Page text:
April 5, 2019 | Erik Gross
ACTA’s newest Oasis of Excellence, the Center for Academic and Intellectual Freedom (CAIF) at Northern Michigan University (NMU), has been extremely active in promoting civic dialogue and robust debate for students. The Center, which is administered by Professor of English Gabriel Brahm and a board of faculty advisors, sponsors readings, debates, and lectures for intellectually curious students.
Just this past month, the Center for Academic and Intellectual Freedom hosted a lecture by Patrick Deneen—professor of political science at the University of Notre Dame and author of Why Liberalism Failed—with almost 200 students in attendance. On April 8, the Center will host historian Benny Morris, an expert on Israeli and Palestinian history, and on April 22, CAIF will host a lecture by Greg Lukianoff, CEO of the Foundation for Individual Rights in Education and co-author of The Coddling of the American Mind: How Good Intentions and Bad Ideas are Setting Up a Generation for Failure.
CAIF was founded in order to combat intellectual homogeneity on campus. The program’s mission states: “We promote freedom of mind and respect for individual rights, both in education and elsewhere, amidst the competing cultures of conformism typified by today’s widespread anti-intellectualism, totalitarian populism, fear of knowledge, and hatred of reason.”
The Center is joining a growing trend of groups and individuals in the academy who have become frustrated with the dismal level of rational discourse in this country and the ideological echo chambers on so many campuses. But perhaps most importantly, the Center for Academic and Intellectual Freedom is inspiring our future leaders:
Hattie Foley – Undergraduate Fellow
“I graduated from NMU in December ’18 with my Bachelor of Arts in English Graduate Studies and with a minor in writing. I was introduced to Dr. Brahm through a literary theory class during my senior year, where we studied ‘the examined life’ that Plato explores through Socrates. CAIF is dedicated to exactly this concept: to enter into ‘the examined life’ through discussion in order to understand who we are as a society, how we think and enter into discourse, and where we go from this point as a nation thoughtfully and purposefully. In discussion with authors and thinkers that CAIF sponsors, we explore issues pertinent to this tumultuous day and age, and discuss where critical thinking and appropriate action and response are lacking. As a conservative student on a college campus, knowing groups like CAIF exist is important more now than ever. We need groups that are willing to bring in thinkers and speakers that go against the grain, such as Patrick Deneen, the author of Why Liberalism Failed. His work challenges us to think beyond partisan boundaries in a refreshing and energizing way. This group invigorates the people who are a part of it and those who attend its seminars and talks; it revitalizes people’s desire to communicate respectfully and effectively in order to be agents of change.”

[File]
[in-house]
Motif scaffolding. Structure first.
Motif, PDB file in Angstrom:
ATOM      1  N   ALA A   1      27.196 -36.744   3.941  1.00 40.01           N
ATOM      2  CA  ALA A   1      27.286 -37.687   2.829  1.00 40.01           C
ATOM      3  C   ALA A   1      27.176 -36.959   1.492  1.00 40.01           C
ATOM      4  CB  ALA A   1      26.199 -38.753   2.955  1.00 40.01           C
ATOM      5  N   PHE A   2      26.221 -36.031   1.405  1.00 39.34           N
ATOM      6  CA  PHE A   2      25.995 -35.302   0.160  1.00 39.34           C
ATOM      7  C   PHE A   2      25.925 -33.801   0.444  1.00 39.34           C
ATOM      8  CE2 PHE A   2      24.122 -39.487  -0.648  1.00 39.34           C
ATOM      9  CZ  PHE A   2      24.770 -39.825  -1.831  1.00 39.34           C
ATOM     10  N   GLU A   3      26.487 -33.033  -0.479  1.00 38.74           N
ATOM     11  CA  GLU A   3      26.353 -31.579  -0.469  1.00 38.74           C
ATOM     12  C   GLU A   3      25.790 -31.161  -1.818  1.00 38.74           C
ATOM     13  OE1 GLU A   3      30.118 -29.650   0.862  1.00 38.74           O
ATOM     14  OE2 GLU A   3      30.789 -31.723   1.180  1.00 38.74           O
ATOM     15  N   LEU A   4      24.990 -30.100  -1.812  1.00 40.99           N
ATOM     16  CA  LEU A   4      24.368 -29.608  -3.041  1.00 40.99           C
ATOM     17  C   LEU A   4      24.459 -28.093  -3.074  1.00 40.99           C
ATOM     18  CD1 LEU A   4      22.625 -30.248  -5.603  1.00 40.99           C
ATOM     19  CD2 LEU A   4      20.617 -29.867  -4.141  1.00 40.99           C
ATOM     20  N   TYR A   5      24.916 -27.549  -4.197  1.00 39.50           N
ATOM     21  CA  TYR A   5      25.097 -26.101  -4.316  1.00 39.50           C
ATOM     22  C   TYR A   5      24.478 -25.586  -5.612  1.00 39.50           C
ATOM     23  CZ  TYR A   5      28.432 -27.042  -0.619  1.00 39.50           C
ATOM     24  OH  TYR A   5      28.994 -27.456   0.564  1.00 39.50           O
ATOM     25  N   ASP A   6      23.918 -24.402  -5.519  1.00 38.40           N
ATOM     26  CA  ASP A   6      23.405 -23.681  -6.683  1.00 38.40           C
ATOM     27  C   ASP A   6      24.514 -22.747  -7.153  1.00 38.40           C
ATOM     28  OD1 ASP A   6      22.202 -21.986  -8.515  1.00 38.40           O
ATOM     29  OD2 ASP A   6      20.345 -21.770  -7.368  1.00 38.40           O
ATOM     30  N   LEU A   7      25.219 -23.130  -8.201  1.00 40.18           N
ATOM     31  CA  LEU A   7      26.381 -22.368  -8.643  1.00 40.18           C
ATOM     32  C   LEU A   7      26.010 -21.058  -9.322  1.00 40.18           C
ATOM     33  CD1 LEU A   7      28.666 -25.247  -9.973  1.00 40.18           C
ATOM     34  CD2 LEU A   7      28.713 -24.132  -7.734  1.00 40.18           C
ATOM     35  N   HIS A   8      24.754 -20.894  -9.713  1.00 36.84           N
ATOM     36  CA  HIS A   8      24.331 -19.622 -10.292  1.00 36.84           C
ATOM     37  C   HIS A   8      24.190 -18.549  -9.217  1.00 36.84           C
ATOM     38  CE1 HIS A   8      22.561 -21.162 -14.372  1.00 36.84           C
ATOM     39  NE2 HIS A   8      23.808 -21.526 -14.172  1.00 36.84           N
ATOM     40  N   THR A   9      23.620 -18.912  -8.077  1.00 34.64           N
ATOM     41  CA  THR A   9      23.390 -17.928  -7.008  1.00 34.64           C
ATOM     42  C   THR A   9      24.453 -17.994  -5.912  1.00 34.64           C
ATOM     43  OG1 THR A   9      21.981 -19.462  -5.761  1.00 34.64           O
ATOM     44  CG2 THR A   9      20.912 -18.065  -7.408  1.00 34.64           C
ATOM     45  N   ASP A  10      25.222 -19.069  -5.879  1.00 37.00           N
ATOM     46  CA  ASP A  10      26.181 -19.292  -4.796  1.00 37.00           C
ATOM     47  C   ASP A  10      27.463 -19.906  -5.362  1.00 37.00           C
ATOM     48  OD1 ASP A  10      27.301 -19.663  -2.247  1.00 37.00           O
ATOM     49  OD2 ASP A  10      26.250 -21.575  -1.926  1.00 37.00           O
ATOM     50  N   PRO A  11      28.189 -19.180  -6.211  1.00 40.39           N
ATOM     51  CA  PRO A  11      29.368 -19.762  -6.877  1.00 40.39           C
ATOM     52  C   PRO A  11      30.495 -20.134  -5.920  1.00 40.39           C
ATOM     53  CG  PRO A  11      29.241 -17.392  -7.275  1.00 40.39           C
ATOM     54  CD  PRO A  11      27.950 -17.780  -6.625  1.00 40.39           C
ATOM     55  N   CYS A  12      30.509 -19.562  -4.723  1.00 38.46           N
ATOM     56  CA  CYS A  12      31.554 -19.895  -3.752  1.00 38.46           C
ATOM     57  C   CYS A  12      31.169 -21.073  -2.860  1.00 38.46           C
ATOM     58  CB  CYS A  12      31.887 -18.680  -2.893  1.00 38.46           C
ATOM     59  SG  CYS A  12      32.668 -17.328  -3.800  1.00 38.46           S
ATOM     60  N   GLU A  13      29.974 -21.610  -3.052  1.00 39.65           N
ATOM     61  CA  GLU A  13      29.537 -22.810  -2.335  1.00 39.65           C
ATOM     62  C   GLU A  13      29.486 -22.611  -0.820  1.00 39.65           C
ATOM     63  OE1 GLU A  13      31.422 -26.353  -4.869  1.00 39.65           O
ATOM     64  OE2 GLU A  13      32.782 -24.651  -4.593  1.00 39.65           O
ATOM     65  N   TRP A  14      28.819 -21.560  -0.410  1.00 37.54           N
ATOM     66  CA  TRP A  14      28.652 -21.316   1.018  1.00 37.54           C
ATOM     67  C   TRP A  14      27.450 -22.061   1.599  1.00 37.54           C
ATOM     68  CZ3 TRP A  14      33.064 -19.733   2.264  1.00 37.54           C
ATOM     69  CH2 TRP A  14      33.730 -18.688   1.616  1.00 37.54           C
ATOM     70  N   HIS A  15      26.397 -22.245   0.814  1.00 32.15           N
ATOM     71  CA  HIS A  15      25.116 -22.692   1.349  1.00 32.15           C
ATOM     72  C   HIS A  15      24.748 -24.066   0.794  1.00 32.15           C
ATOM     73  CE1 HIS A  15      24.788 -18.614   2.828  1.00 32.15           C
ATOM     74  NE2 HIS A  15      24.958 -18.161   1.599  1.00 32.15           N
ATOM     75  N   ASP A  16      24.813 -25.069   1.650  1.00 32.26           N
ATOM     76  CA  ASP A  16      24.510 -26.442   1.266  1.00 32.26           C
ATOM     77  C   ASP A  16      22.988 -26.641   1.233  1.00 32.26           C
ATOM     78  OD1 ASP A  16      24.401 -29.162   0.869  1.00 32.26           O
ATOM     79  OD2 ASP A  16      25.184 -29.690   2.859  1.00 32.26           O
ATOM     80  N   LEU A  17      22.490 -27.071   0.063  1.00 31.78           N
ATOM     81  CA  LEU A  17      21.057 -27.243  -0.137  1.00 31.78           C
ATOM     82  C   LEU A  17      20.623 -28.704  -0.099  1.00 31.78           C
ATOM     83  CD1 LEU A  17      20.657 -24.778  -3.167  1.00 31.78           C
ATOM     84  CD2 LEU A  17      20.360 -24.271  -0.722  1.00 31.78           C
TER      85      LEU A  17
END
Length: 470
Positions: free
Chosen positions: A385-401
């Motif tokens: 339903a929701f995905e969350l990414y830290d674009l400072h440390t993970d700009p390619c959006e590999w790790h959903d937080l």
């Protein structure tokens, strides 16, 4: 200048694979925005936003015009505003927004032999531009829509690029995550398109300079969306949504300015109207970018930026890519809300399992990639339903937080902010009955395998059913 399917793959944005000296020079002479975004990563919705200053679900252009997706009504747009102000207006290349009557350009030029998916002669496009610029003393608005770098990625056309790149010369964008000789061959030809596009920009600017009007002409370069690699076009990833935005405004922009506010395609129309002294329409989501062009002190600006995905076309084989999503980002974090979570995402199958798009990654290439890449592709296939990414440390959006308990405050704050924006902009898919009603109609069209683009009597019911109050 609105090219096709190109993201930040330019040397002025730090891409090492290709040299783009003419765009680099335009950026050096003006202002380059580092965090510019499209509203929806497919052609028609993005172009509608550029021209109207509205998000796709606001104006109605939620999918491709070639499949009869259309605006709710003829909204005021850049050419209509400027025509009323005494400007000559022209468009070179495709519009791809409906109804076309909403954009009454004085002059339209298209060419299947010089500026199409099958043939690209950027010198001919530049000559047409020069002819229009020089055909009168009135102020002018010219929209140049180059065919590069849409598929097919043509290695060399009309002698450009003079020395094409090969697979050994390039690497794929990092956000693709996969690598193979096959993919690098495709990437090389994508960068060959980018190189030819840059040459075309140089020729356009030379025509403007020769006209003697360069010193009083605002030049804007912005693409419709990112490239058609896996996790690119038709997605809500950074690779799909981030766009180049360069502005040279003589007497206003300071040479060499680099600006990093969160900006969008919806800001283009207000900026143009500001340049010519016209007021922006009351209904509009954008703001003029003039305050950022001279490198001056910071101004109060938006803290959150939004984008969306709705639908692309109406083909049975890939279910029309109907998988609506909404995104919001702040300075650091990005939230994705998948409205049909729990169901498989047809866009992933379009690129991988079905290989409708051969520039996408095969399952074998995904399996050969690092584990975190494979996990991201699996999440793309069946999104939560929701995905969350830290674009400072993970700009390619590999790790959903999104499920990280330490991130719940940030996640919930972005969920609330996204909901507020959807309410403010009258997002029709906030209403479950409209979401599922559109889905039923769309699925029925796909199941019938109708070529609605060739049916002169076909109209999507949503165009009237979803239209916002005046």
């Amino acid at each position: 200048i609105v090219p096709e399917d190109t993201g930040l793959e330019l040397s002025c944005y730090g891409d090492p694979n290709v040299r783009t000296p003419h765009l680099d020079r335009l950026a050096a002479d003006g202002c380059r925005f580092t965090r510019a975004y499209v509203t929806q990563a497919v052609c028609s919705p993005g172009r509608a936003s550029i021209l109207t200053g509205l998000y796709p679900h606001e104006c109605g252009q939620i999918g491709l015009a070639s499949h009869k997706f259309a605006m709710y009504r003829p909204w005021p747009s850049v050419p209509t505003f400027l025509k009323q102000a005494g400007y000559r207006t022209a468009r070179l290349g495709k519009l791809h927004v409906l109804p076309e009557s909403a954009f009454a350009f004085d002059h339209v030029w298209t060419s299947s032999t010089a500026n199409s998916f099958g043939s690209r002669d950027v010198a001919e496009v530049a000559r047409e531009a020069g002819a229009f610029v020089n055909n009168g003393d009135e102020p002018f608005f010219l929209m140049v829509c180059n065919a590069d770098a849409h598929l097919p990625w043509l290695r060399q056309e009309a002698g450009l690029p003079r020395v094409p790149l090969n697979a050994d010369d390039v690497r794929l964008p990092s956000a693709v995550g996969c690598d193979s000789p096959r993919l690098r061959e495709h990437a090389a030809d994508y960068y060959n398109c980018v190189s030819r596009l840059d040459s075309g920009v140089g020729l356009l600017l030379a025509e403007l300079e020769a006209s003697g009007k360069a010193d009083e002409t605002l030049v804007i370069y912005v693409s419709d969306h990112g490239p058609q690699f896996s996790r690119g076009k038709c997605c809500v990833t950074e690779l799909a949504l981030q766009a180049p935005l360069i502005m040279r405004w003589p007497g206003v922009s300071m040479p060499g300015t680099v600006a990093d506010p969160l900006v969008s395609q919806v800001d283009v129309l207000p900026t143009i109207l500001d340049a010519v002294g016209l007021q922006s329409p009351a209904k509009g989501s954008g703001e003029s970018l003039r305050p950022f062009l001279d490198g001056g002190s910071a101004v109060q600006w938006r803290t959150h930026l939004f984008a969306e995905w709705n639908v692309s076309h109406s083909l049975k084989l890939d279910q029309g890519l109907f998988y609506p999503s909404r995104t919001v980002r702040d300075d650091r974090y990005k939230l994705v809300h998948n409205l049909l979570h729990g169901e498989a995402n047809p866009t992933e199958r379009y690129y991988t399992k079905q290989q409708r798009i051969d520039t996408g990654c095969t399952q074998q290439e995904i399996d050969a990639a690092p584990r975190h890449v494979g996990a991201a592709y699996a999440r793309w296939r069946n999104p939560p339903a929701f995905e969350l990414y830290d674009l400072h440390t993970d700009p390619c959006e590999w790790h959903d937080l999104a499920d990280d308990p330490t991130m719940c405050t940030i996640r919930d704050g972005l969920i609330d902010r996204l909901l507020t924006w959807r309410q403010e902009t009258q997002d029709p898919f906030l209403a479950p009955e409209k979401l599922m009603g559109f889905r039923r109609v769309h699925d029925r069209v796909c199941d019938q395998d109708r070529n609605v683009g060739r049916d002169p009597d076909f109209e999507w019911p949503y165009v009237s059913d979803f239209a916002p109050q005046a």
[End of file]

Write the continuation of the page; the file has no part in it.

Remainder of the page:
Tim Eggert – Undergraduate Fellow
“Lamentably, I’ve observed the collapse of academe’s organizing principles—unlimited academic freedom and unfettered free inquiry underpinned by viewpoint diversity—on university campuses across the United States. The Center for Academic and Intellectual Freedom, however, exists as an essential bastion of free speech and open inquiry. In its commitment to preserving and promoting robust civil dialogue, the Center serves as a model of how citizens should engage with each other in their exchange of critical thought and speech. It’s clear from the seminars, lectures, and debates I have participated in that people can disagree amiably, reasonably, and constructively. An advocate of academic and intellectual freedom, CAIF provided me with a ‘safe space’ for discussions that question mainstream political ideologies and provides a model for my participation in the political community. I will never forget these inspirational lessons in the true meaning of viewpoint diversity and open inquiry. I have not encountered a program that remains as devoted to protecting and exercising the freedom of thought and speech as CAIF, and because of my experience with CAIF, I am hopeful that civic dialogue, free and open inquiry, and true viewpoint diversity will reemerge as firm pillars of academic and civic life.”
This article was originally published in The Forum, here.